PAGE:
Mercadito (Chicago): Chef Patricio Sandoval serves fun versions of traditional Mexican faves

Diners at Mercadito Chicago are encouraged to sample a variety of upscale takes on traditional Mexican fare. Photo courtesy of Mercadito Chicago

Ah, the elusive fish taco.  A good one — particularly when accompanied by a cold margarita — can sweep you away to a beautiful sandy beach in sunny Mexico.  And a bad one — well, let’s not even go there.

Chef Patricio Sandoval of Mercadito Chicago understands his diners’ desire for a fresh and delicious version of the often poorly executed Baja classic.   So he offers an upscale interpretation — estilo baja ­— on this River North eatery’s gourmet taco-centric menu.

Baja-style fish tacos are one of the eatery's most popular offerings. Photo courtesy of Mercadito Chicago

“People are always looking for a good fish taco,” says Sandoval, who uses beer battered mahi-mahi in this signature dish. “Ours is fried, but it’s light and crispy.  And it has a lot of crunch with the [Mexican] coleslaw and smokiness from the chipotle aioli too.”

Mercadito Chicago, a spin-off of the New York-based Mercadito restaurant group, discourages the typical guacamole/combination plate/flan-style American-Mexican dining experience.  Instead, Sandoval and company encourage diners to mix and match from the ample selection of market-fresh exotic guacamoles, ceviches, botanas (appetizers), side dishes — and, of course, tacos.

The restaurant offers only four large plates: chile rellenos ($21.50), grilled chicken ($17.50/$27.50), skirt steak ($24.50) and enchiladas ($21.50).

“I want to keep the menu fun and not do what everybody else is doing,” Sandoval says.  “We want to be as creative as possible with the traditional foods of Mexico.” Sandoval grew up eating these foods, he says, in his father’s restaurant in Mexico.

For first-time diners, Sandoval suggests sharing a variety of his guacamoles, ceviches and tacos. This is precisely what I did when I dined there recently with my husband and our eldest son (hereafter known as the “The Eating Machine.”)

Guacamoles are prepared with a variety of compelling ingredients. Photo courtesy of Mercadito Chicago

Under the tutelage of our trusty server, Rafael, we started with a trio of guacamoles (one $8.50/two $11.50/three $13.50). From the six offered, Rafael steered us toward: toreado (sautéed chile Serrano, garlic, oregano, tomatillo pico de gallo); Granada (pomegranate, tomatillo pico de gallo, queso fresco, habanero); and the tradicional (tomatillo pico de gallo, jalapeño, garlic, lime juice, cilantro). Of the three, the clear favorite was the spicy Granada with its refreshing pops of sweet, crunchy pomegranate seeds. The Eating Machine and I locked tortilla chips several times as we scurried to scrape up every bite.

From the list of three ceviches (one $11.50/two $19.50/three $26.50), Rafael recommended the citrusy-minty callo (bay scallops, red grapes, lime-morita broth, fresh mint) and the light and flavorful dorado (mahi-mahi, avocado, tomato, orange-chile de arbol broth).  We agreed to try the third ceviche — shrimp — on our next visit.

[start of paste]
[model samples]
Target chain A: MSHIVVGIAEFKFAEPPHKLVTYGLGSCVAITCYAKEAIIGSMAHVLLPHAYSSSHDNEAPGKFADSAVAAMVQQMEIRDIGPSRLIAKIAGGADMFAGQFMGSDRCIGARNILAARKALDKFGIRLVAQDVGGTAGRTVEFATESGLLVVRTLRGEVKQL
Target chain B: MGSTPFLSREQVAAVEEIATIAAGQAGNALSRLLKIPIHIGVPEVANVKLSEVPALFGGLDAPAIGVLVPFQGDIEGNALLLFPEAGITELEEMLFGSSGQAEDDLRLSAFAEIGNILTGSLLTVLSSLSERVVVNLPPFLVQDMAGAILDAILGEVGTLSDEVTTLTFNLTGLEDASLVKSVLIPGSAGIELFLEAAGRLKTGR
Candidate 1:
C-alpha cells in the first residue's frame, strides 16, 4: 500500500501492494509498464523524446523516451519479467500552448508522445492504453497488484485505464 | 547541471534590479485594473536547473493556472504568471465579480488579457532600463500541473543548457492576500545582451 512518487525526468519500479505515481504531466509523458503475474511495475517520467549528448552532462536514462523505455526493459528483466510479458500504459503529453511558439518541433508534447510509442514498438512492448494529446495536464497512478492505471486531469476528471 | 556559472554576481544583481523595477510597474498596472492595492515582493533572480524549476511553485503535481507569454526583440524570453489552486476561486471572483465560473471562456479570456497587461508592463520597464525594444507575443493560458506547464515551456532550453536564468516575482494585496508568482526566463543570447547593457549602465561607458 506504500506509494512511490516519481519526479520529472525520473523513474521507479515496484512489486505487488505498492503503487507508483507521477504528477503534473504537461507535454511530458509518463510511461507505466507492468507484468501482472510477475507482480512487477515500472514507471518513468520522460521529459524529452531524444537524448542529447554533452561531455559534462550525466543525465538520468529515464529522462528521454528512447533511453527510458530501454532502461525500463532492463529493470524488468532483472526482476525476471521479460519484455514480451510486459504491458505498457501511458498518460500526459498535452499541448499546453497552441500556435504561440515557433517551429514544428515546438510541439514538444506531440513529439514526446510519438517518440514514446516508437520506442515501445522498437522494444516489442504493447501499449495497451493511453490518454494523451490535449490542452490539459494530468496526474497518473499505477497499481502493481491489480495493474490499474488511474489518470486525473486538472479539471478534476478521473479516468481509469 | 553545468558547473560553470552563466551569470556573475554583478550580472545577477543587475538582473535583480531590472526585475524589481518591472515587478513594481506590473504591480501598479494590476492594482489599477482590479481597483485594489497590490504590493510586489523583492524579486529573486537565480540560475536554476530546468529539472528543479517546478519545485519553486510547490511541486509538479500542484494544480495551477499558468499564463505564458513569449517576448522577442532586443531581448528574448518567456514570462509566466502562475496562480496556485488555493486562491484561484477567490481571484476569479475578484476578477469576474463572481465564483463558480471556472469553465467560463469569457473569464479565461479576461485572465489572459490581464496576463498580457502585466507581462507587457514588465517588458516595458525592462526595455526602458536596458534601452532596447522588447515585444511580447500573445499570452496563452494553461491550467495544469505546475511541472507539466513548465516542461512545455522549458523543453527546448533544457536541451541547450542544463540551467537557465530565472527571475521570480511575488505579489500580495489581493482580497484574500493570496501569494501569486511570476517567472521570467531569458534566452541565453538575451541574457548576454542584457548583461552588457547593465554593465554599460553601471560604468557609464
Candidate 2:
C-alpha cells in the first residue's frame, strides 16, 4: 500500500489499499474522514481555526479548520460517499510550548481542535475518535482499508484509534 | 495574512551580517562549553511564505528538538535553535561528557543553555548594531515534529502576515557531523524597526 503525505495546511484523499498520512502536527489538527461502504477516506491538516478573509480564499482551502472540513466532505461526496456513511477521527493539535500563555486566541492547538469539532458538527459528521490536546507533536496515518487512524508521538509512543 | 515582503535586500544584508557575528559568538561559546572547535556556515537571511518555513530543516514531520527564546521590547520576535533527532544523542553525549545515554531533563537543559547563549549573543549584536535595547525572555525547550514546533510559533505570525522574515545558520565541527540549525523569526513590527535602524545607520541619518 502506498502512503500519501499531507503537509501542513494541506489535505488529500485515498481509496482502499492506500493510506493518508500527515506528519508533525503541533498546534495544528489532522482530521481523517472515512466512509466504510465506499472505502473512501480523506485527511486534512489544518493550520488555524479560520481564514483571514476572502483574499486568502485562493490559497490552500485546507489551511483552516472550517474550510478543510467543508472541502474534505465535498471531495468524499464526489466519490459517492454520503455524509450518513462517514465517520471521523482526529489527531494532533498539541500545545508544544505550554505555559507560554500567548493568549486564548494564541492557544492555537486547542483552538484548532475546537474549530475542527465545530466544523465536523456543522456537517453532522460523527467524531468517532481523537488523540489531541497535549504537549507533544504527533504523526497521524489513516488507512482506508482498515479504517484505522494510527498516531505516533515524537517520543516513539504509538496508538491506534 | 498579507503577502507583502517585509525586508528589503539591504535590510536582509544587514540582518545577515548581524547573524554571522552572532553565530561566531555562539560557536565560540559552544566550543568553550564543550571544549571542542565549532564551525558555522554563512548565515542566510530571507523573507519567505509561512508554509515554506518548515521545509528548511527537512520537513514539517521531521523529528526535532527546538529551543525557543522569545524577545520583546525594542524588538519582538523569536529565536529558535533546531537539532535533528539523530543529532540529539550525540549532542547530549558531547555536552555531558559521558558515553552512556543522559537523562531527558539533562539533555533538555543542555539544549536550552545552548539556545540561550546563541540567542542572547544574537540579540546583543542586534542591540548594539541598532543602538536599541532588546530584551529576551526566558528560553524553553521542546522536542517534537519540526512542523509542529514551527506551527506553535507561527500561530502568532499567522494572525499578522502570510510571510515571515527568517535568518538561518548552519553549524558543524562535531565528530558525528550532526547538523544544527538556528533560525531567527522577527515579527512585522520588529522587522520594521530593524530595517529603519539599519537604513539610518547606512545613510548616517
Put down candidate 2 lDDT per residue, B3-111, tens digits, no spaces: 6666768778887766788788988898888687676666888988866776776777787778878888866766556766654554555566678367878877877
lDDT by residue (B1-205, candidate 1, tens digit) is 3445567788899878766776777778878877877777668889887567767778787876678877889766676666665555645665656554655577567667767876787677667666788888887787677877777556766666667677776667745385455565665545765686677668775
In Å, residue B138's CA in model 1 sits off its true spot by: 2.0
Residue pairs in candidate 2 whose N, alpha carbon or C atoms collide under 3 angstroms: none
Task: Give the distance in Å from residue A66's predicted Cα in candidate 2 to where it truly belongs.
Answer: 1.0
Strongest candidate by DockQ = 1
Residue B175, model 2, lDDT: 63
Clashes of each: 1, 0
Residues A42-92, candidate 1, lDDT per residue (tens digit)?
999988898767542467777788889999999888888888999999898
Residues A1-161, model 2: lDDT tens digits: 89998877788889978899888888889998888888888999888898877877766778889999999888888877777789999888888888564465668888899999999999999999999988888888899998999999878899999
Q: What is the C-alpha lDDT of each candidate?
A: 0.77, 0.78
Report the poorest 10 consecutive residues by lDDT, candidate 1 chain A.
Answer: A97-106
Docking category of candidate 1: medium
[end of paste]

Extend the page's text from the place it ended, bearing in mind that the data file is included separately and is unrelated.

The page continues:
Chef Patricio Sandoval says his gourmet tacos are the heart of the restaurant's menu. Photo courtesy of Mercadito Chicago

A bit overwhelmed with choices, we asked Rafael to choose a cavalcade of tacos from the menu’s 11 varieties (four/$14.50). He selected the basic but tasty pollo (grilled chicken, cactus salad, tomatillo salsa, avocado) and the nicely crisped pescado (tilapia, chile poblano, tomatillo-garlic mojo), which was well spiced, but a bit “oceany” in flavor. The big winners were tender carne (rosemary-marinated skirt steak, potato-rajas-cactus fundido, avocado) and sweet-and-salty carnitas (braised Berkshire pork, chile de arbol, coleslaw and toasted peanuts).

I was not surprised to learn from Sandoval that the carne and carnitas are two of the restaurant’s most popular dishes.

“Everybody loves pork,” says Sandoval, discussing the carnitas’ appeal. “It has good spice from the chile de arbol, and the peanuts give it a nice crunch.”

The Eating Machine wanted to order another round of tacos, but we wisely moved on to dessert. Rafael picked flan de cajeta, a dreamy goat’s milk caramel custard. And then he made us feel super-special by suggesting the off-the-menu dish torrejas, a delightful Mexican equivalent of a custardy French toast.

One of Sandoval’s goals is to get diners to “share as many things as possible,” he says. Amply full from Rafael’s selections, I believe we hit that mark. The Eating Machine, although he enjoyed Mercadito Chicago, respectfully disagrees.

Mercadito Chicago
108 West Kinzie Street
Chicago, Illinois  60654

Mercadito Chicago on Urbanspoon

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2 Responses to Mercadito (Chicago): Chef Patricio Sandoval serves fun versions of traditional Mexican faves

  1. Matt Galo says:

    Always a nice break in the morning to read your latest posting, and this one was especially good. Great intro. I am always appreciative that your writing avoids the overtly self-aware cutesyness (sp?) of what one usually finds in a blog, and is first and foremost good strong writing that has the intended effect: it makes me want to go to the restaurant. You should teach a class. I hope the restaurants you feature are seeing an uptick in reservations — this is a great site.

    • Harlene says:

      Matt, thanks for you kind comments. Be sure to check back in on Friday. I’ll be talking about their fantastic margaritas. And they are gooood!

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